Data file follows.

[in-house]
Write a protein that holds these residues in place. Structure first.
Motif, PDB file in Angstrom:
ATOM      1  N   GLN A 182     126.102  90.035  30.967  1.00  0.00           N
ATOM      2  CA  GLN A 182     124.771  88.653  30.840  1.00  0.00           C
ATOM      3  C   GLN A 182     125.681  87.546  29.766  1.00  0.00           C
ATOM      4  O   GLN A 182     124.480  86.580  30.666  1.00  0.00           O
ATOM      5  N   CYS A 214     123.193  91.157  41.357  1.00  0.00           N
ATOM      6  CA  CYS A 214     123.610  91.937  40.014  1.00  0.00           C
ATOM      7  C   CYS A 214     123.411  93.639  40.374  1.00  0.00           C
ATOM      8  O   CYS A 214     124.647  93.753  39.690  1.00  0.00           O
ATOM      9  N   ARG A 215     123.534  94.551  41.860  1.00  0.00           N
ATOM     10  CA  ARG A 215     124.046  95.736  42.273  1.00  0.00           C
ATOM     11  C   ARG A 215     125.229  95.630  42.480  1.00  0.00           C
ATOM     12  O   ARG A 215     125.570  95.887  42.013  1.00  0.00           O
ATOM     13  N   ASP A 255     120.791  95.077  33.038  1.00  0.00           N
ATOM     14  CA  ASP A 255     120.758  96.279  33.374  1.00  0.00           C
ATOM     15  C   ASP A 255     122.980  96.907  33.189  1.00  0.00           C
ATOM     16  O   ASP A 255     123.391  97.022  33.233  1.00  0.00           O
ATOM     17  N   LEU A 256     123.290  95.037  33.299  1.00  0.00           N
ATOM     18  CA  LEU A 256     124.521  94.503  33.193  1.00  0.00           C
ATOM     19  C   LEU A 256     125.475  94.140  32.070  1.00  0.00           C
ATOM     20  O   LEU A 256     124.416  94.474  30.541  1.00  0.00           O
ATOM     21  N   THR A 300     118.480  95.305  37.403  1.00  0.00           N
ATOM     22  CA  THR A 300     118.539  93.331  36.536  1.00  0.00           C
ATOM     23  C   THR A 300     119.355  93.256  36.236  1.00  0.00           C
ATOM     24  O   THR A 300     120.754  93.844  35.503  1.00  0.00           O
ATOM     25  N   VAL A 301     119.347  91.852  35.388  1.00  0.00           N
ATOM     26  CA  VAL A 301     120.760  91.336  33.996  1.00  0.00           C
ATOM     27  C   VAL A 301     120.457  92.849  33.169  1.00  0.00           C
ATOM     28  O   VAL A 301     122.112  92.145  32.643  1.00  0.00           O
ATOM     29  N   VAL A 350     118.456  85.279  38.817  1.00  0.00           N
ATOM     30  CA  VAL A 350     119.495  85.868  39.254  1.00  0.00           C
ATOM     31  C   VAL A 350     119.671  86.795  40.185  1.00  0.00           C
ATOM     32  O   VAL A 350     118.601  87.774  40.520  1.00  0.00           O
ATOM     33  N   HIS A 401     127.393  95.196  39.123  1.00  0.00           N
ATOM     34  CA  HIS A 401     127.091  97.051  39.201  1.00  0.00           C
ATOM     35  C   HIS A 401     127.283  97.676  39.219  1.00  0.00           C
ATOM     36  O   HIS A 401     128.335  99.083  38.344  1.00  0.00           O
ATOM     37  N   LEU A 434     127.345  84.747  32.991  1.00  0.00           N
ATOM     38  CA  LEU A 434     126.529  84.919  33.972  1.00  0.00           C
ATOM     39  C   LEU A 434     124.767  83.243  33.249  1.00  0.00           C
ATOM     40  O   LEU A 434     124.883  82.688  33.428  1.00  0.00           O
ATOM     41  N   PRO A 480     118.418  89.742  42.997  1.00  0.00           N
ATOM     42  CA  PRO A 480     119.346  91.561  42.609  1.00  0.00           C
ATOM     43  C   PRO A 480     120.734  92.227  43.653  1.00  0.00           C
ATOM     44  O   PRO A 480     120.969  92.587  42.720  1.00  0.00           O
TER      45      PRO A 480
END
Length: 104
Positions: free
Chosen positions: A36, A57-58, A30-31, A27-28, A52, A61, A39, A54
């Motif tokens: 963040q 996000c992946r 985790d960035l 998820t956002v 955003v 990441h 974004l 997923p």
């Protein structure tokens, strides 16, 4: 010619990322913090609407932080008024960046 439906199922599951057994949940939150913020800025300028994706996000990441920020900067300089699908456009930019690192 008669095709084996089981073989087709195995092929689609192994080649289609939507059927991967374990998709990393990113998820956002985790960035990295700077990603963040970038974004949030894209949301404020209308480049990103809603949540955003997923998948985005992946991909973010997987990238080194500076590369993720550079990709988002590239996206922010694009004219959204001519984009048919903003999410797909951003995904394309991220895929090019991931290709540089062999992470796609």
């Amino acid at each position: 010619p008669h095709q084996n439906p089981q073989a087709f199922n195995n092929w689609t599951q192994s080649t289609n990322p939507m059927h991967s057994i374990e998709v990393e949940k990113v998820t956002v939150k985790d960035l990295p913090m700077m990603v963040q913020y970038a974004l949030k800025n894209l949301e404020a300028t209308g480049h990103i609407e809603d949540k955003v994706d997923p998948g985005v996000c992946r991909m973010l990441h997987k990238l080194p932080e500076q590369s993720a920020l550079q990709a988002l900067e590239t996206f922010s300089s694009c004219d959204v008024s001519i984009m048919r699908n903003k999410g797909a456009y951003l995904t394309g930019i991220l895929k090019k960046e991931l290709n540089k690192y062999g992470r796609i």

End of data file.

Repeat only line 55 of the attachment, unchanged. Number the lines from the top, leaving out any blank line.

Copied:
């Amino acid at each position: 010619p008669h095709q084996n439906p089981q073989a087709f199922n195995n092929w689609t599951q192994s080649t289609n990322p939507m059927h991967s057994i374990e998709v990393e949940k990113v998820t956002v939150k985790d960035l990295p913090m700077m990603v963040q913020y970038a974004l949030k800025n894209l949301e404020a300028t209308g480049h990103i609407e809603d949540k955003v994706d997923p998948g985005v996000c992946r991909m973010l990441h997987k990238l080194p932080e500076q590369s993720a920020l550079q990709a988002l900067e590239t996206f922010s300089s694009c004219d959204v008024s001519i984009m048919r699908n903003k999410g797909a456009y951003l995904t394309g930019i991220l895929k090019k960046e991931l290709n540089k690192y062999g992470r796609i």